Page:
Endangered and invasive animals and plants of Scotland


From The Scotsman:

Wildlife hangs by a whisker

JEREMY WATSON (jwatson@scotlandonsunday.com)

SOME are among Scotland’s rarest animals and plants, their existence at risk because of loss of habitat, human intervention and pollution. Others have not been seen for many years.

A third group are alien invaders posing a serious threat to the country’s native wildlife.

Scottish Natural Heritage is about to publish a £1m action plan aimed at conserving and re-introducing rare and extinct species, and controlling those that risk damaging the environment.

Among the species to be given special attention to prevent further decline are the black grouse, great crested newt, red squirrel, Scottish wildcat, freshwater pearl mussel, great yellow bumblebee, slender Scotch burnet moth and the hazel gloves fungus.

The hen harrier, a moorland bird of prey, is also singled out in what will be interpreted as a message to landowners that persecution, to allow red grouse to thrive, will not be tolerated.

The only fish on the list is the freshwater vendace, that lives in deep lochs, but the freshwater pearl mussel and the native oyster are also included because of the threat from illegal poaching.

The European beaver, extinct in Scotland for centuries, is highlighted even though the Scottish Executive rejected plans for its reintroduction from Norway less than two years ago.

Species that should be controlled include foreign invaders such as the American mink, North American signal crayfish [see also here] and the grey squirrel – but also native deer.

Despite increased culls in recent years, giant herds – red and roe – are continuing to cause environmental damage in some parts of the Highlands.

The action plan, entitled ‘Making A Difference For Scotland’s Species’ will be launched by ministers next week following a consultation exercise in which the number of species covered rose by eight to 31.

It says: “Scotland has some of the best wild areas and iconic species in the whole of Europe and we have a clear responsibility to look after them.” …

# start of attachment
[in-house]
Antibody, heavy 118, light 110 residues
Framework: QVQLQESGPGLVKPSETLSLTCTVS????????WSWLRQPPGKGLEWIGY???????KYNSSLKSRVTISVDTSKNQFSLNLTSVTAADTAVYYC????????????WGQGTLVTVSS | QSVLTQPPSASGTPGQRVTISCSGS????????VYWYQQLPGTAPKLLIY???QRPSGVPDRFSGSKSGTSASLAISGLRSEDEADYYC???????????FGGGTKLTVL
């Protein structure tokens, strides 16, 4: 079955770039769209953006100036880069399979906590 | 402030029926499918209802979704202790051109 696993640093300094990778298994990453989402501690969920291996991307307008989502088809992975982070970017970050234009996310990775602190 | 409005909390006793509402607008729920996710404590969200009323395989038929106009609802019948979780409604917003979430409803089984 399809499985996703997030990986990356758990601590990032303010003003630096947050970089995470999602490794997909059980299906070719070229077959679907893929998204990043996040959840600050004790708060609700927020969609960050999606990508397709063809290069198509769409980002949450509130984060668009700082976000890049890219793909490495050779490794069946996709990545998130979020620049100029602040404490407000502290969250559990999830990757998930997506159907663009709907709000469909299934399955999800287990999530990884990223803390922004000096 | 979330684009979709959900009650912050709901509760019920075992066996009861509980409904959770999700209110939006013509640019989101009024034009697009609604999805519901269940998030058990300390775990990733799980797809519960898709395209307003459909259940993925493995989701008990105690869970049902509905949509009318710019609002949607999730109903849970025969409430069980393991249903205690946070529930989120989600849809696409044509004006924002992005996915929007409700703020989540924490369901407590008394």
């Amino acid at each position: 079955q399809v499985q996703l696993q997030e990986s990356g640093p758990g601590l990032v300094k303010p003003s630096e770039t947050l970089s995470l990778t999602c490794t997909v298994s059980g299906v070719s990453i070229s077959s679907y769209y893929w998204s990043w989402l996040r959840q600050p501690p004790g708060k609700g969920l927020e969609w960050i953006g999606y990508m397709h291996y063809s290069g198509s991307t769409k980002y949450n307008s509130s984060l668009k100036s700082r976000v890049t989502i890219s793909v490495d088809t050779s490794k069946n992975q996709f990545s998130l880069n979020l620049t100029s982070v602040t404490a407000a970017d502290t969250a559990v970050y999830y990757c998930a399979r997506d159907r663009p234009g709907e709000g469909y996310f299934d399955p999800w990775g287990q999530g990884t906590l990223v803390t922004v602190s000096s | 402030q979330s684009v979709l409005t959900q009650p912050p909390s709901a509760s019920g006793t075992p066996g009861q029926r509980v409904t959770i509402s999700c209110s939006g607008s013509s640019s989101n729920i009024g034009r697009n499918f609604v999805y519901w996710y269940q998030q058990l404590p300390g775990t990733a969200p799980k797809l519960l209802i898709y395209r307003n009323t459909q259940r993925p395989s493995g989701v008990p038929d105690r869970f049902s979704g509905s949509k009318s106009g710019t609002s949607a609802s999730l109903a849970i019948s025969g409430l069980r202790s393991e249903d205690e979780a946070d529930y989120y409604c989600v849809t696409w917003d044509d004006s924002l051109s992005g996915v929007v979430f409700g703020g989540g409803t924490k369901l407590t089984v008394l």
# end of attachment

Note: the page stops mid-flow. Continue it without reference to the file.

Among the alien species in need of control, the grey squirrel is the most controversial but SNH stresses that it will only be culled to preserve the native red.

But plants such as New Zealand pygmy weed, the Rhododendron Ponticum, introduced from China, and wireweed, a Pacific native that arrived aboard ships, are also on the hit list.

Pollution of lakes in Britain: here.

Stegosaurus discovered in Portugal


This video is called Stegosaurus Plate & T-Rex Jaw.

From The Independent in South Africa:

Stegosaurus fossil found in Portugal

January 11 2007

By Elizabeth Nash

Madrid – Scientists have found the fossilised remains of a 150 million-year-old stegosaurus in central Portugal.

The discovery of the prehistoric creature, which has gigantic armoured plates zigzagging down its back, is further evidence that Europe and America were once joined.

“Stegosaurus is a species typical of America, one of the iconic dinosaurs that appear in the movies, and this is the first time it’s been found in Europe,” said Fernando Escaso, from Madrid University, who led a team of Spanish and Portuguese scientists.

The specimen found at Casal Novo, near Batalha, north of Lisbon, in a region rich in dinosaur fossils, belong to the species Stegosaurus ungulatus, and “constitute the first incontrovertible evidence that a member of the genus stegosaurus lived outside North America,” Mr Escaso told Wednesday’s El Pais newspaper.

Writing in the online edition of the scientific journal Naturwissenschaften, geophysicists confirmed “a very high probability that an episodic corridor once existed between the Newfoundland and Iberian land masses.

“The discovery of the Portuguese stegosaurus, together with geotechtonic evidence, favour a scenario that includes contacts among fauna between the land masses of the north Atlantic,” they say.

Scientists have in the past found related – but never identical – species on both sides of the Atlantic.

The stegosaurus, a herbivore, roamed the earth between 148 million and 153 million years ago during the Upper Jurassic period.

The dinosaurs averaged nine metres long and four metres tall, but the fossilised partial skeleton recovered from Casal Novo, found during excavations to build a motorway, was just five metres long.

The remains, some of which have still to be excavated, include part of the spinal column, dorsal plates, bones, including the thigh bone, and a tooth.

Dr Escaso said: “We don’t have much to go on, but what we have is fundamental to identify the species.”